“It’s a double-edged sword dealing with the rate increases and having empathy with what’s going on in the market because we truly care about our customers,” said Weber. “Even in this hard market, it gives us opportunity because we are an independent agent. All ‘our eggs are not in one basket.’ We have the capability to shop the market for our customers.”

The cost of homeowner insurance in Florida has legislators scrambling for solutions. One solution is more competition. The Office of Insurance ‘egulation recently announced that eight new property and casualty insurers have been approved to enter the market, creating a more competitive environment for policyholders. Prime-One Insurance, an independent agency in Indialantic, has been on the front lines explaining and educating its customers on why insurance premiums have risen significantly. From left, the team includes Greg Wagner, vice president; Paul Weber, president; Helene
Masi, customer service specialist; and Maria Ruiz, customer service specialist.

He added, “The biggest challenge is explaining to customers and educating customers on why the cost of their insur- ance has increased. There is one saying I do not like: ‘It is what it is’ That’s not a proper answer for an agent to give to a customer.”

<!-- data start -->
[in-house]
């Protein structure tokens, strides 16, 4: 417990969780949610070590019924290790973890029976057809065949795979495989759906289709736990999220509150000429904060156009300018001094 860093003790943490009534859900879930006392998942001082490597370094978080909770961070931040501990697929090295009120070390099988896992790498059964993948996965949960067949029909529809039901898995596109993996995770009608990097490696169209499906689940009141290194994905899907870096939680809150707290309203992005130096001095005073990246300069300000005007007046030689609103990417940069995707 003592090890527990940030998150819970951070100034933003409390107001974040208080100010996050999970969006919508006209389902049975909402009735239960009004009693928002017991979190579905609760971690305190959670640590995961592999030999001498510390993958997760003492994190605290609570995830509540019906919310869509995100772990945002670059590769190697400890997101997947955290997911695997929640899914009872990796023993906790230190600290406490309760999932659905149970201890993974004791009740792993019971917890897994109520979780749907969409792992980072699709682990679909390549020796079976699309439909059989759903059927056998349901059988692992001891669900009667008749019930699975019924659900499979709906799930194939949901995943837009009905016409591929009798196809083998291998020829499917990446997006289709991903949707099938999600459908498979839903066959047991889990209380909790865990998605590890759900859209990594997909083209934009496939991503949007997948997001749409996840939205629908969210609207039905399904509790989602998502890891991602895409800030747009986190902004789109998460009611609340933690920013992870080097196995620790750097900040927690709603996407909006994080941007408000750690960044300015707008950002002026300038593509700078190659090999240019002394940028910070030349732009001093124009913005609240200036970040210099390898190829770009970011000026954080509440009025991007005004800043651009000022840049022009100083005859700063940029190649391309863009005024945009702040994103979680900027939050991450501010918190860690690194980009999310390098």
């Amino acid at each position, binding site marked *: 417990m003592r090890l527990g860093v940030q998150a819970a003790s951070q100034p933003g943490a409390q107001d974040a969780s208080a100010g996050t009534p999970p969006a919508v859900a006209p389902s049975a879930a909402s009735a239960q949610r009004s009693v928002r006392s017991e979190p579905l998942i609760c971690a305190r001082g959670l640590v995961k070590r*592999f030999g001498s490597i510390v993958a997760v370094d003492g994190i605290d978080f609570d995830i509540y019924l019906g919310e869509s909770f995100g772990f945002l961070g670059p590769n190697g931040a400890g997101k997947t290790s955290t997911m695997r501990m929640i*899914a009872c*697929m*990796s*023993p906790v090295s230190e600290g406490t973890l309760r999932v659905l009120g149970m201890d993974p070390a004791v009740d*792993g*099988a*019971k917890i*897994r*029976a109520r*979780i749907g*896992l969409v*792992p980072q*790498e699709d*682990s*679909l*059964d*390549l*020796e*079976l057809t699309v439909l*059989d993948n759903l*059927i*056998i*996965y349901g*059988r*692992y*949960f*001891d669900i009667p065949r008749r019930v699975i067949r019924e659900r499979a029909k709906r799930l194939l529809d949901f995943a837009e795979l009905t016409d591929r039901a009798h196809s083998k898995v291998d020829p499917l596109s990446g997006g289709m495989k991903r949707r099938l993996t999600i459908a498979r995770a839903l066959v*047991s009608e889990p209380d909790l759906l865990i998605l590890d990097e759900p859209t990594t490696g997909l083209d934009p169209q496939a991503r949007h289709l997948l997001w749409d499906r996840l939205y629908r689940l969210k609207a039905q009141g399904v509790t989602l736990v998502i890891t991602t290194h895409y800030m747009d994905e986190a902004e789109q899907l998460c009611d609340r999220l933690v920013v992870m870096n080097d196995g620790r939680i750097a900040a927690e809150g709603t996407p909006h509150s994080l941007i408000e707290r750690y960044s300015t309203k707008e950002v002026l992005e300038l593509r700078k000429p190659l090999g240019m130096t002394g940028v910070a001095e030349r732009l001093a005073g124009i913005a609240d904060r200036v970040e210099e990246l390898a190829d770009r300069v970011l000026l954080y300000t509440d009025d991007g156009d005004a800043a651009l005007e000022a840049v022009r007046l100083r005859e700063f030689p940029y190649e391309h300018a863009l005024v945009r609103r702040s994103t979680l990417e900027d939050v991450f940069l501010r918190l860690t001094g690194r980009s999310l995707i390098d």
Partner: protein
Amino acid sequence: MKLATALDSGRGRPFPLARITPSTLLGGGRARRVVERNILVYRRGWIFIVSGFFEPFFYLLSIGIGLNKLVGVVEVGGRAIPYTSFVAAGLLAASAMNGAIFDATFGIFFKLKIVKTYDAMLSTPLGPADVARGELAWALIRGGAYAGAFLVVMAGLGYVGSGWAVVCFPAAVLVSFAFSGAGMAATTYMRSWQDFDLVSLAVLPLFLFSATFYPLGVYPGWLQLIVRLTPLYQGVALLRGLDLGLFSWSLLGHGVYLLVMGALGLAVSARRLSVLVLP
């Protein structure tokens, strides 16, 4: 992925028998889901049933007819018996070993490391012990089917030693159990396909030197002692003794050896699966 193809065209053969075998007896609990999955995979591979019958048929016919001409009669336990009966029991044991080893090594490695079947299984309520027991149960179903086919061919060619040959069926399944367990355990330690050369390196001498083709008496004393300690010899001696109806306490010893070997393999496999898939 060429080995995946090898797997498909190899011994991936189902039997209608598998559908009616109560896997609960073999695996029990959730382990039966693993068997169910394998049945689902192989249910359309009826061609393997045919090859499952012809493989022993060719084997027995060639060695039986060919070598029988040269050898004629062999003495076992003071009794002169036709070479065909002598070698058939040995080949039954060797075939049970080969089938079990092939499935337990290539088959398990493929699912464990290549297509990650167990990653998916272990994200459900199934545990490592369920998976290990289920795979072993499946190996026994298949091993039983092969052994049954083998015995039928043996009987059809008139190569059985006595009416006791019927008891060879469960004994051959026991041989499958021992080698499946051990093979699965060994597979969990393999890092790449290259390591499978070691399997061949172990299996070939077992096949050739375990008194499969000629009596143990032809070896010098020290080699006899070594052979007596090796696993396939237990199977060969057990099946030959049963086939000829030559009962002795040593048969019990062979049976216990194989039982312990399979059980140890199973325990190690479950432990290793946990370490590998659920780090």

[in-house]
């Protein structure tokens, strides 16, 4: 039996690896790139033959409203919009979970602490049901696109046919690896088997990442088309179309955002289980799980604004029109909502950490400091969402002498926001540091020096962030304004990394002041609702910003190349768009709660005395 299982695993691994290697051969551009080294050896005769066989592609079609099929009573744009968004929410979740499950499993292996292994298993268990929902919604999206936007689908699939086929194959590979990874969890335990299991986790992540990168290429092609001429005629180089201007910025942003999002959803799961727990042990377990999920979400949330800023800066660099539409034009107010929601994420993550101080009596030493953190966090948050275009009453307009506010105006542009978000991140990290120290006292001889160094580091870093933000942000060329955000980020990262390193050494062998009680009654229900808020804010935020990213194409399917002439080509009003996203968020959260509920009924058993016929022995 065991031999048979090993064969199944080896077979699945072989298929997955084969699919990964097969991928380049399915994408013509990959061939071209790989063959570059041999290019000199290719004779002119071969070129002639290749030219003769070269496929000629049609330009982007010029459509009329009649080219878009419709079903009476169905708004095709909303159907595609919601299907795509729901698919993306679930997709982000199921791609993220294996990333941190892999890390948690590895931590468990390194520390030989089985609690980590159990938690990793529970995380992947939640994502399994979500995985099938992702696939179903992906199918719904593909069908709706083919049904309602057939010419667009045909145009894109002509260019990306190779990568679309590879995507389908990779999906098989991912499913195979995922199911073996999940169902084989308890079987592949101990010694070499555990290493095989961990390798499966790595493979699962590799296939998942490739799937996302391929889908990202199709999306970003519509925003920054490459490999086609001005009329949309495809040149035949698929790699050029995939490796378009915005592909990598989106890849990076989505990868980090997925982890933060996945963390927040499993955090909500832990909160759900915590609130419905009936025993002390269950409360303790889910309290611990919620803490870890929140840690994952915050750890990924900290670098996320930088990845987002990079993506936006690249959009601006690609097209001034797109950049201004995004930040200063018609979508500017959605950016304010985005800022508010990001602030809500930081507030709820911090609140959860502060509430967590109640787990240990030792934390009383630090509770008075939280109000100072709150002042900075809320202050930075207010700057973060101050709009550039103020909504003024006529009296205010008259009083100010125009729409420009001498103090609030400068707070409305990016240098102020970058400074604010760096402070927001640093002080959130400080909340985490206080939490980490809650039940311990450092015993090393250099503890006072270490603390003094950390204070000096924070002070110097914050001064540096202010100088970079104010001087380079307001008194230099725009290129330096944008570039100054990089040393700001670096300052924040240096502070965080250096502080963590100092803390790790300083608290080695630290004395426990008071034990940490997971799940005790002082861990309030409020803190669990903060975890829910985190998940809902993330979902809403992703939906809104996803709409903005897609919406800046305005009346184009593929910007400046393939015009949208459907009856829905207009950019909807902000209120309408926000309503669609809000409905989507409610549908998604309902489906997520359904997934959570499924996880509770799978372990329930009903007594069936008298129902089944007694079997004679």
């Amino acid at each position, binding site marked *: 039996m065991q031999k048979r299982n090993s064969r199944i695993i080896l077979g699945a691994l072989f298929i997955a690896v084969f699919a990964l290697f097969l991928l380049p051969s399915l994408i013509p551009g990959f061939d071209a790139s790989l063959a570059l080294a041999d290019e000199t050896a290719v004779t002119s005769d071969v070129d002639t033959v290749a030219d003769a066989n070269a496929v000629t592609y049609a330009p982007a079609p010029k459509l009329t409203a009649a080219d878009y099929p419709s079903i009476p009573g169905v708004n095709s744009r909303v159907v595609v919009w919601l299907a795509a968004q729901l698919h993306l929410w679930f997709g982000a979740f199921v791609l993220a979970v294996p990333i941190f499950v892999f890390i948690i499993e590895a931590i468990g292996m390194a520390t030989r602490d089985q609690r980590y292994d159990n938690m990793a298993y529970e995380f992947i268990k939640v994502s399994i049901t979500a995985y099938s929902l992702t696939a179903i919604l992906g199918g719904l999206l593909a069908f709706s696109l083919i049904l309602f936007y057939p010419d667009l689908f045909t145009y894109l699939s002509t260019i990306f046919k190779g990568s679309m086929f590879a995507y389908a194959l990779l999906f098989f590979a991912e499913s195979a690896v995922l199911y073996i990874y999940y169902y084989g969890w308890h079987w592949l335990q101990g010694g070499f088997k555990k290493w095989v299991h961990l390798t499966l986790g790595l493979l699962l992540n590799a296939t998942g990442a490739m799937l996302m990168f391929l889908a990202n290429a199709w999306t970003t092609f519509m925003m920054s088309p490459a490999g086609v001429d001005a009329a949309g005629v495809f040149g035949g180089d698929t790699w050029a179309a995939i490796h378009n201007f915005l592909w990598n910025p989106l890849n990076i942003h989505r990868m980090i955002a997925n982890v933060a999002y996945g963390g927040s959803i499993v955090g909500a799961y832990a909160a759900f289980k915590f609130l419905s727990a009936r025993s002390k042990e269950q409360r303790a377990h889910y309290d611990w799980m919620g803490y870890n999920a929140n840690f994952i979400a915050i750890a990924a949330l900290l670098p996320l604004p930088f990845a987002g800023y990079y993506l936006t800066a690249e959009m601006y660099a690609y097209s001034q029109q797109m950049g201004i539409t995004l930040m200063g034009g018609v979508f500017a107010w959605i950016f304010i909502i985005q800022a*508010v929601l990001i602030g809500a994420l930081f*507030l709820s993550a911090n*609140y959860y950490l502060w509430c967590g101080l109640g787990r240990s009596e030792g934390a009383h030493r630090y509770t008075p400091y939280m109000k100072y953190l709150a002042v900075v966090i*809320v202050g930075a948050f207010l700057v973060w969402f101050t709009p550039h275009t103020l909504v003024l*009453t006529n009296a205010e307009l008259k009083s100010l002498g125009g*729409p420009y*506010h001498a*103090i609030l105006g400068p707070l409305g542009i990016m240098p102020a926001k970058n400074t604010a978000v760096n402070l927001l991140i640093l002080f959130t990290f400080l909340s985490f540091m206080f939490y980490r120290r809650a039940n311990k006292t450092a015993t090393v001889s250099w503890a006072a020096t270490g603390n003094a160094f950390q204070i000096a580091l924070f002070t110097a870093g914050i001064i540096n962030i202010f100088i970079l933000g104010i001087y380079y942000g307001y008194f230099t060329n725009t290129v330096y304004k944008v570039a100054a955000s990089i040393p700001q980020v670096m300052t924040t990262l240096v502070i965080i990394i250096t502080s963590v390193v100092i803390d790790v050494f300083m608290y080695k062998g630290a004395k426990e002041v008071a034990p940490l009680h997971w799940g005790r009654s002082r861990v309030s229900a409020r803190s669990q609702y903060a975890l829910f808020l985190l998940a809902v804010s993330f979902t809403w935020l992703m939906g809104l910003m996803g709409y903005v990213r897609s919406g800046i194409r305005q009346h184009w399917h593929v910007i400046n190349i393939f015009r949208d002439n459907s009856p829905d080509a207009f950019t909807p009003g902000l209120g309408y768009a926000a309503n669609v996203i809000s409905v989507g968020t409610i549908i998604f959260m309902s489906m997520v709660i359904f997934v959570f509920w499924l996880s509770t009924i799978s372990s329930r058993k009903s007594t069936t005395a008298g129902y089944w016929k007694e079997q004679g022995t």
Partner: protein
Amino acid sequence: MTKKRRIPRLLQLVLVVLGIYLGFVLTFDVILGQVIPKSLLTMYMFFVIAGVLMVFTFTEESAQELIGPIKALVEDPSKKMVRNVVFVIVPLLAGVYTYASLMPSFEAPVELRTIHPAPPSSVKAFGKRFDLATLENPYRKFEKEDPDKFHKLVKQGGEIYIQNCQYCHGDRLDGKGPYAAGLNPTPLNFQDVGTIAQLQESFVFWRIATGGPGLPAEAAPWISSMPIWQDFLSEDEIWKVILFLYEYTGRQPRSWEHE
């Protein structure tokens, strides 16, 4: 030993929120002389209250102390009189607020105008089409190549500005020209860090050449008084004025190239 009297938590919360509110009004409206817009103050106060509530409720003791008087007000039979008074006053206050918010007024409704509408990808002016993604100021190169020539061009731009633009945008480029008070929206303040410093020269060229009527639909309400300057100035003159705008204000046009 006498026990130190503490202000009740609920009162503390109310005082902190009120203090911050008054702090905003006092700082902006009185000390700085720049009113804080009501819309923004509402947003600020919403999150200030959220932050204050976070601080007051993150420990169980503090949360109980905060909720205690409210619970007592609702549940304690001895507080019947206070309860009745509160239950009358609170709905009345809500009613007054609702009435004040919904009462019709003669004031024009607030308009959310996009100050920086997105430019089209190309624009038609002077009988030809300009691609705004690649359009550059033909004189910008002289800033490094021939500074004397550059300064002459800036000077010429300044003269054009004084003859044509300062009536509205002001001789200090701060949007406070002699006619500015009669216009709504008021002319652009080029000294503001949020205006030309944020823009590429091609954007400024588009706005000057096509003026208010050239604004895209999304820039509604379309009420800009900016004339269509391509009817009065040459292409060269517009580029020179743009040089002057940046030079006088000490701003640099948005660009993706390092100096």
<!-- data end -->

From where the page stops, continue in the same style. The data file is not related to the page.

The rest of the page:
Consumers are grappling with increased insurance costs, yet many of them do not realize the extent to which economic pressures and market dynamics are affecting their rates.

Because independent agents work with multiple insurance companies, they are positioned to help customers take a good hard look at their policies and offer various solutions.

According to a new survey released by the Independent Insurance Agents & Bro- kers of America, a full one-third (32.8 percent) say they are unaware that external economic factors are affecting insurance
rates. Over two-thirds (69.3 percent) have put their insurance policies under review, with nearly half (45.8 percent) citing rising premiums as the catalyst.

Among the studies key findings:

  • Higher Deductibles: 46.6 percent of Americans have considered or already taken a higher deductible to save money on insurance
  • Going Uninsured: 22 percent have considered going uninsured to save money